Guitar solos are like our children; we nourish them, we watch them grow, and we take pride in their every movement. That being said, the goal of every guitarist is to write a guitar solo worthy of all that pride and joy.
In this article, we will give you some tips for building solos that will best display your personality and skillset.
Before you even get into writing a solo, you need to relax.
Solos take time to write; rushing them will only make them sound bad. If you want a great solo, one that will make you proud, you need to let it flow. Don’t try shoving notes where they don’t belong; play what feels right when it feels right.
Yes, it’s true; subtle solos win out.
If you feel the need to cram a thousand and seven notes into your solo, no one will want to listen to it. Likewise, if you stick all of the techniques you have ever learned into a flurry of notes and squeals, the listener will (a) lose interest afterwards, (b) not want to hear the jumble of noise, or (c) both a and b.
Throwing all of your techniques out at once means that the listener loses the reason to listen. After all of your techniques are used up, everything becomes stale and repetitive. The best way to keep your playing fresh is to build your guitar solo around a sole technique.
If you want to use legato, it’s okay to add a bit of sweeping or alternate picking, but make it a dynamic addition, not a focus point. If you do a legato section, followed by a sweeping section, followed by an alternate picking section, you just wasted the chance to focus on three different techniques in future solos.
Use your skills wisely; they may take a long time to build, but it only takes seconds for them to become boring to the listener.
Never write a song based around a solo. This is a one-way ticket to a bad song.
If your entire song is focused on getting to the solo, your writing will lack. That is a fact. All of your writing will be focused on crafting the riffs around a section that, at most, lasts thirty seconds. This isn’t a case of the chicken or the egg; the song comes first every time. If not, your writing will lack.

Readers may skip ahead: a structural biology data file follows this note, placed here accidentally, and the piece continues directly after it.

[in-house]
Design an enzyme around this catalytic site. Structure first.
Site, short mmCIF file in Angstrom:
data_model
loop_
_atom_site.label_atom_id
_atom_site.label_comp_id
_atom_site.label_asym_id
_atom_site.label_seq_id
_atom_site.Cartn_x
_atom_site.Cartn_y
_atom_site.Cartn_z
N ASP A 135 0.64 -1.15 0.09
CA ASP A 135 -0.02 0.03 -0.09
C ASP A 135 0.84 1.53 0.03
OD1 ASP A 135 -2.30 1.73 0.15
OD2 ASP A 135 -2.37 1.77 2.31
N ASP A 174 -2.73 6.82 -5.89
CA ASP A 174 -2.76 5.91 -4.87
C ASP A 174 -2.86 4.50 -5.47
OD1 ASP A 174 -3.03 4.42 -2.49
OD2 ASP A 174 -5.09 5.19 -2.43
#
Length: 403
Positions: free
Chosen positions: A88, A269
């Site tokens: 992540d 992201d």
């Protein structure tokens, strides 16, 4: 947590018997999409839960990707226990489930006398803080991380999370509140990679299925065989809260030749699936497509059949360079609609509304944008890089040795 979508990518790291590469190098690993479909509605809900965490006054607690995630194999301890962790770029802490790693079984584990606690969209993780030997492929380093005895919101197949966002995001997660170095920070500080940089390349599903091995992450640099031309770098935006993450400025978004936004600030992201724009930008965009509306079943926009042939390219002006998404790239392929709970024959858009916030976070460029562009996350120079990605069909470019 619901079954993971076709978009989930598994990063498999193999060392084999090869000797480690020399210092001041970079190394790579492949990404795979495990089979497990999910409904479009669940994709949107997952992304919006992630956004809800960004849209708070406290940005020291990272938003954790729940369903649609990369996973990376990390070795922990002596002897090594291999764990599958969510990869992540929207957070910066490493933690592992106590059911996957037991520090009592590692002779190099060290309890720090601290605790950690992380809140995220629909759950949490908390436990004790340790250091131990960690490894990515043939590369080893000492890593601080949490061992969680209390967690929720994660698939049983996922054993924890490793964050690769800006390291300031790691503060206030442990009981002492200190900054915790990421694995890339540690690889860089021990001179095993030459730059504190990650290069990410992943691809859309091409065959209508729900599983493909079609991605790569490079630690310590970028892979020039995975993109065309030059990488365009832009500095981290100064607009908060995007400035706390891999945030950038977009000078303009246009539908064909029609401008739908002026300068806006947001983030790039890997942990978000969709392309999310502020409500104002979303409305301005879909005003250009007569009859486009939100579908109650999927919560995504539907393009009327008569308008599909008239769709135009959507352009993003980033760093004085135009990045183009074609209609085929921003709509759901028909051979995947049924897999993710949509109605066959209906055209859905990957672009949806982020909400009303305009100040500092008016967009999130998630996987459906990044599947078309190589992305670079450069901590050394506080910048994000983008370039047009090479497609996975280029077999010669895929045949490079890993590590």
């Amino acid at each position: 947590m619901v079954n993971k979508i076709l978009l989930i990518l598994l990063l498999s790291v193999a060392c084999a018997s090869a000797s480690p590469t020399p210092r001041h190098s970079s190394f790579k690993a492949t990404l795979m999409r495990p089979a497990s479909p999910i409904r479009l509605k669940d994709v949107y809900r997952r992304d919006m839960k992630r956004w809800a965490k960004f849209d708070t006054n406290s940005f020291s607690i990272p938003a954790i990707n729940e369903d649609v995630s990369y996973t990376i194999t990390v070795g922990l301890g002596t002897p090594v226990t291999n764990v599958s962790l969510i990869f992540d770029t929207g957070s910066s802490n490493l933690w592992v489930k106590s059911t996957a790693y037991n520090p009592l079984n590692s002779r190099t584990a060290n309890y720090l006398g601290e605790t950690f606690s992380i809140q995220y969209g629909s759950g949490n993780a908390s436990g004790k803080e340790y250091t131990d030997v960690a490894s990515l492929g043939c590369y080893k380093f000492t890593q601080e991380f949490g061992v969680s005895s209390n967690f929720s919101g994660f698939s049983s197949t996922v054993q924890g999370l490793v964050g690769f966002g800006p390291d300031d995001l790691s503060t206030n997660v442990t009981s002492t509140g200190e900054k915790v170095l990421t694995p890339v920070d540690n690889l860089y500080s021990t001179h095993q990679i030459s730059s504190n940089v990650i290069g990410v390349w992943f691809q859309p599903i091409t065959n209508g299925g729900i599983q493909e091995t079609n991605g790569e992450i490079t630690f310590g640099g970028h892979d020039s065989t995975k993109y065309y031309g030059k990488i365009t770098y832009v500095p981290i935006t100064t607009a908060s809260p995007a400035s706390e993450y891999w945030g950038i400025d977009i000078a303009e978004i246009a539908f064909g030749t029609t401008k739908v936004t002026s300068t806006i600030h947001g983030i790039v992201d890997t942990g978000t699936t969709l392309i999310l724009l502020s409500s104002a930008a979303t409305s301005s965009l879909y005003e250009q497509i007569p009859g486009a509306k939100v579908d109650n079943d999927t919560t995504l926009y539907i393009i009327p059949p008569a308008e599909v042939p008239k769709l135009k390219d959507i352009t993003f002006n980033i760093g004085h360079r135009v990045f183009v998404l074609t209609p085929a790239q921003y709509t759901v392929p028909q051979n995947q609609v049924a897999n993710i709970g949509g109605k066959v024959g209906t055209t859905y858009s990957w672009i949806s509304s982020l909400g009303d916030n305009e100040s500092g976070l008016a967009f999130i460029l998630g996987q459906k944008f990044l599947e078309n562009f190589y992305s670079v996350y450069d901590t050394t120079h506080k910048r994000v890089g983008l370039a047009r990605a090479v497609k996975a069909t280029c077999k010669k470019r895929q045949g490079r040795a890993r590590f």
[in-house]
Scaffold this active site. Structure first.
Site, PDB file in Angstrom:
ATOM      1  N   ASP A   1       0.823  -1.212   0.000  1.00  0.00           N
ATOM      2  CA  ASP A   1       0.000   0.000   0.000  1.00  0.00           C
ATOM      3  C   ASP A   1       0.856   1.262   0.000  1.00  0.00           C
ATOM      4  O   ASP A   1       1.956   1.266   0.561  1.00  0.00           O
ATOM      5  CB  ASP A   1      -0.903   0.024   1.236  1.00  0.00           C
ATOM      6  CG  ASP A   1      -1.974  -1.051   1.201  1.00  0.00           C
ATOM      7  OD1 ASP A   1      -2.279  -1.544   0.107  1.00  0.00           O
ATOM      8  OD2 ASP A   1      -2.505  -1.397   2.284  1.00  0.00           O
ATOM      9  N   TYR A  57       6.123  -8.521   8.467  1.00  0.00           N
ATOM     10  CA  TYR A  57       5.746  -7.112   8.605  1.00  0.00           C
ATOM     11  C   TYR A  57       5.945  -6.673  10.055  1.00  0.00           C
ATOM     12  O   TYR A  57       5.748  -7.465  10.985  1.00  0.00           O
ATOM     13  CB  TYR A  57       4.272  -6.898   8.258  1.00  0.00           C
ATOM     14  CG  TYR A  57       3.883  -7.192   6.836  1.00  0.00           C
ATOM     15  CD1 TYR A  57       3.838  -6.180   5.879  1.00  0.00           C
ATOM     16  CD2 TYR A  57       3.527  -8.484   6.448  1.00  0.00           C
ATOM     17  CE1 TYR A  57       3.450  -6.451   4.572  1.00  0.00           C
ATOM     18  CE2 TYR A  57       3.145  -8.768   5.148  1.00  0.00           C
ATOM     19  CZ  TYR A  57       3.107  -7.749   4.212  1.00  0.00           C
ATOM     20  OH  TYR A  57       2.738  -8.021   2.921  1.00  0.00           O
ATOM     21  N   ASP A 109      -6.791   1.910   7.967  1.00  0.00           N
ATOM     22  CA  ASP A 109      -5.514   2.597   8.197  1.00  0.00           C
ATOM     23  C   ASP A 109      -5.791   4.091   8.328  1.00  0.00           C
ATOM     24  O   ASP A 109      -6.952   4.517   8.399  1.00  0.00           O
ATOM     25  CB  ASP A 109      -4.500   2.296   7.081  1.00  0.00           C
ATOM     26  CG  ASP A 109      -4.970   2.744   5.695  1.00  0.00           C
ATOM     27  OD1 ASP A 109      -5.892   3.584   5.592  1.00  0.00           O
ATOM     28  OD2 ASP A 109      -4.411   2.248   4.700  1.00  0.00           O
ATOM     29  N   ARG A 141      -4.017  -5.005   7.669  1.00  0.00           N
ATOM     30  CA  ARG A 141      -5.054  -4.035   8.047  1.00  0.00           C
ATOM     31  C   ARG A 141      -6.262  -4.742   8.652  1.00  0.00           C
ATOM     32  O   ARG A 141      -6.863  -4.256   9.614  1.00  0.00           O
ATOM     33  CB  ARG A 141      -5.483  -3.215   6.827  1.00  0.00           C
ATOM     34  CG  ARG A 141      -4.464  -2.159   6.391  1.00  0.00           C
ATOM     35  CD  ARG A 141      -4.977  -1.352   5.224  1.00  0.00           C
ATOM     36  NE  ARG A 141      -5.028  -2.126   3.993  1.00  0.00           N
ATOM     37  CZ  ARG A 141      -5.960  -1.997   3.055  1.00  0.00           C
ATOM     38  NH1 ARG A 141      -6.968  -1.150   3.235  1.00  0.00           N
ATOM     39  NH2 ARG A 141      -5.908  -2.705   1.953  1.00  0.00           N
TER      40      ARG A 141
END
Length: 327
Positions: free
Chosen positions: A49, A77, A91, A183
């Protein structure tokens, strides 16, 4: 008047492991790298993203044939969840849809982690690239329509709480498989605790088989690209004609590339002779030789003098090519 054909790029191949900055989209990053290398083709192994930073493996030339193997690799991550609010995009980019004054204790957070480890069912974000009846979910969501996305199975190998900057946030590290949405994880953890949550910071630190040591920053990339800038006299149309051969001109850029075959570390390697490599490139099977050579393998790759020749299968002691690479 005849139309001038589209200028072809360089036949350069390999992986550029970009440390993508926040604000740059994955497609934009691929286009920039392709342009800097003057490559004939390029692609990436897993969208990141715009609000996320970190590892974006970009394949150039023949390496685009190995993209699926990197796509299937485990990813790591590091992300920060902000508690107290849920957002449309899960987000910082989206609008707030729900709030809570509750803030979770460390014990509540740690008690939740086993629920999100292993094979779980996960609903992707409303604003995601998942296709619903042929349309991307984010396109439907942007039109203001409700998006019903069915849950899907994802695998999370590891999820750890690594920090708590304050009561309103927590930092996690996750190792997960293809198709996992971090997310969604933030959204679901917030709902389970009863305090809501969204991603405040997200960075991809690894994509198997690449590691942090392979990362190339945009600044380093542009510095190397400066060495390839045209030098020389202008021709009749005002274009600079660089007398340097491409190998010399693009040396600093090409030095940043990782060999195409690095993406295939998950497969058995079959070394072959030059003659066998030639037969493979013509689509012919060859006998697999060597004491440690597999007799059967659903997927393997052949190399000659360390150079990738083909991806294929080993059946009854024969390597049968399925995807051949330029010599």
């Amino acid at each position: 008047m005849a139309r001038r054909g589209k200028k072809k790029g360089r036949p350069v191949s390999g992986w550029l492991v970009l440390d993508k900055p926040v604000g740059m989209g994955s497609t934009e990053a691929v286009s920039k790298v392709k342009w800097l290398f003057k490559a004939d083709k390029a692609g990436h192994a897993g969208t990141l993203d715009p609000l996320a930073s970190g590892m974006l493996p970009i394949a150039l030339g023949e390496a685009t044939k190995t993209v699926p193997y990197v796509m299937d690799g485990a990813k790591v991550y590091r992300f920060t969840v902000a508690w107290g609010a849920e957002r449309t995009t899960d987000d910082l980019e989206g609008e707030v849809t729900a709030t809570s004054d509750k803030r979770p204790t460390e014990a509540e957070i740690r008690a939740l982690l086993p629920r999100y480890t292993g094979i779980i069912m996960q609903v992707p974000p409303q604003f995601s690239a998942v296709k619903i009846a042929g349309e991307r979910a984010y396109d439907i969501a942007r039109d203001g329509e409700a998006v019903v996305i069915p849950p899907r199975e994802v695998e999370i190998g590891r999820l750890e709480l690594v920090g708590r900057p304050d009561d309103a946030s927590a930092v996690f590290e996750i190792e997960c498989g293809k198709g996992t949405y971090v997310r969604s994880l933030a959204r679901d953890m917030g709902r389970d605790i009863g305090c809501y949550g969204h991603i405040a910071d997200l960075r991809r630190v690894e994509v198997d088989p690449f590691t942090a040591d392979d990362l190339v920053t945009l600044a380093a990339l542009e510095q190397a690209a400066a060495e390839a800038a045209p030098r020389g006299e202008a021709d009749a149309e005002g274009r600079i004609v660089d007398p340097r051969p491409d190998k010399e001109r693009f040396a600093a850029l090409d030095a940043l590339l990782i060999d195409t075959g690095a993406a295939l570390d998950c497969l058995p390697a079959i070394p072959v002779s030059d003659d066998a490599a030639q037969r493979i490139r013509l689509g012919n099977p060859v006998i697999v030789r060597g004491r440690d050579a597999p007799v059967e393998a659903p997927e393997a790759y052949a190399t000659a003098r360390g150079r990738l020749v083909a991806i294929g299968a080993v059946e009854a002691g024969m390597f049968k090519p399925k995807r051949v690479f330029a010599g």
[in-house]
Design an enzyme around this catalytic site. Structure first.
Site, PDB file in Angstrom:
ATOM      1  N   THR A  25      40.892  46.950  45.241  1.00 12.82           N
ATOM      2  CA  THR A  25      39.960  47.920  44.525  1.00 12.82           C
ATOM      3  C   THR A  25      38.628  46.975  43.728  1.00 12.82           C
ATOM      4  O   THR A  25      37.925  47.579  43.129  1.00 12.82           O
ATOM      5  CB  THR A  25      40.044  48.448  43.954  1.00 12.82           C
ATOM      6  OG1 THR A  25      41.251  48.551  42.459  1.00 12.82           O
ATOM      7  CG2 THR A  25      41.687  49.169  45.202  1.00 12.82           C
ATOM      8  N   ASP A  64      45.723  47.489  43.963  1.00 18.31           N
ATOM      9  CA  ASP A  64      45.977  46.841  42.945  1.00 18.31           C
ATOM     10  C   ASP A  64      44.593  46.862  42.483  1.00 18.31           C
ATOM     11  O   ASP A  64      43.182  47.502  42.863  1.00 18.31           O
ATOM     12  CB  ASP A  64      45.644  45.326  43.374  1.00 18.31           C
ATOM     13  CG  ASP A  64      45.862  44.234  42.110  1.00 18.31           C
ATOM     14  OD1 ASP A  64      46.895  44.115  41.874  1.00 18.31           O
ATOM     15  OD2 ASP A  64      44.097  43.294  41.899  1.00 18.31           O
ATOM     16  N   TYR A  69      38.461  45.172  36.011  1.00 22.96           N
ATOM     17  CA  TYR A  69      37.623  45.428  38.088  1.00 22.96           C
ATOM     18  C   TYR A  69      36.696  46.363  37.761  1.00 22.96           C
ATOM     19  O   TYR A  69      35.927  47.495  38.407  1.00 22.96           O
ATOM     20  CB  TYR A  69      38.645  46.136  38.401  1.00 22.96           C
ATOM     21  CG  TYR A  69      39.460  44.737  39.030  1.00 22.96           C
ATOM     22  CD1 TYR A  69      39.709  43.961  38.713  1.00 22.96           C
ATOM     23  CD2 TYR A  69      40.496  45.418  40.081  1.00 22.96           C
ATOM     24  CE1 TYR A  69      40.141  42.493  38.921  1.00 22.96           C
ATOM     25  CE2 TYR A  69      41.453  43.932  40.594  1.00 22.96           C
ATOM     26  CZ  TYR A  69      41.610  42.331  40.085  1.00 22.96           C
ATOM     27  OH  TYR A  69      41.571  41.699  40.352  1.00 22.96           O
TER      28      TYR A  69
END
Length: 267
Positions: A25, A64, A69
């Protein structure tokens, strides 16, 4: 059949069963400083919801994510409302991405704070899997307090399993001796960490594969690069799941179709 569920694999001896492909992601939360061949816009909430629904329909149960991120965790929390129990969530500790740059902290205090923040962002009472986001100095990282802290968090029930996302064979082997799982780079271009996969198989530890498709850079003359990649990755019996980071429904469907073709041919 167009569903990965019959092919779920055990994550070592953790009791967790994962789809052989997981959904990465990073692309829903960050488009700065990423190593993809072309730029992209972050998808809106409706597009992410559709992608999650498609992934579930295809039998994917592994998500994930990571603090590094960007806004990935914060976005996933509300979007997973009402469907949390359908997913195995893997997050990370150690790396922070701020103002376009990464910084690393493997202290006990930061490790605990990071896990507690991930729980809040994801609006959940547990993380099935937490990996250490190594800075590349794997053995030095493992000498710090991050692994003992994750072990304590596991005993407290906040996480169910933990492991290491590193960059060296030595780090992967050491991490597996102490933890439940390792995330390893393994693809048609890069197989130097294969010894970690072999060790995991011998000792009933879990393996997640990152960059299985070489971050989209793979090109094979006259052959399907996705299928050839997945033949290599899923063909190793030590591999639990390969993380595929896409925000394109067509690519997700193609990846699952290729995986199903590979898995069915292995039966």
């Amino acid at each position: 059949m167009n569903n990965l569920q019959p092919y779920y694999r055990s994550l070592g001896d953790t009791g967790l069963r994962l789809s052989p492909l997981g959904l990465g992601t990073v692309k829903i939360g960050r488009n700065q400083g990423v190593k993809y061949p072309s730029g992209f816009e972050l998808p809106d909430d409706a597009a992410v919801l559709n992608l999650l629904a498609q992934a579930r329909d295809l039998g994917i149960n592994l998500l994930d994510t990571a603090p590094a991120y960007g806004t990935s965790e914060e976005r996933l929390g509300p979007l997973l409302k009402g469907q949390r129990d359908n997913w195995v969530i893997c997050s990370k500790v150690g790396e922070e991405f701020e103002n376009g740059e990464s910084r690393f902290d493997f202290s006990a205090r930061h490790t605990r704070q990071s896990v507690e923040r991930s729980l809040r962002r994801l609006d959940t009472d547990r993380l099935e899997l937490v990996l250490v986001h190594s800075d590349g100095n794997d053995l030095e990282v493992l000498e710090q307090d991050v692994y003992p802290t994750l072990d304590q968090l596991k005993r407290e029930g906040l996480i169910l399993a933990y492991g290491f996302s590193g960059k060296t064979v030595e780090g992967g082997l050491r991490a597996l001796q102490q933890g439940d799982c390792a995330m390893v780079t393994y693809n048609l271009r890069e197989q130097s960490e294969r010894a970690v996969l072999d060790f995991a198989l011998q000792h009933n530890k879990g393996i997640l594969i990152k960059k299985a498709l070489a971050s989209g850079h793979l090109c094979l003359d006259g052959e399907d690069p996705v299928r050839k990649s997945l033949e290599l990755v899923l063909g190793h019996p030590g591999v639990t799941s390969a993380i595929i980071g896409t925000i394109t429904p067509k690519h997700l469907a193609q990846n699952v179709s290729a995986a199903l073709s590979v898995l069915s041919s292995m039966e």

Don’t show off everything at once.
If you went to a carnival, and every attraction went on all at once, what would you do? You wouldn’t me amazed—we promise you that—you would be confused and then disappointed because the show would be over with nothing left to display.
If you use all of your techniques at once in a solo, you are giving everything up that will ever catch your listener’s ear. You need to learn to spread out your learning.
For instance, if you have a solo with sweeping, don’t add eight more techniques, like legato and legato tapping and hybrid picking and alternate picking; save something for later. Use techniques that go well together, but don’t use all techniques just because they can fit together; if you try hard enough, almost anything could stick together.
If you don’t practice, you don’t write good solos.
Practicing is the only way to learn way works and what doesn’t. If you don’t practice writing, you will never learn. Then you will be stuck wondering why the four (or maybe five) walls of your room are your only listeners. Set aside a block of time each day, sit down, and practice.
Put away your video games, laptop –anything that can be a distraction. Practice time is for practicing, not chatting or Facebooking. Keep that in mind; the harder you work, the further your solos will evolve.
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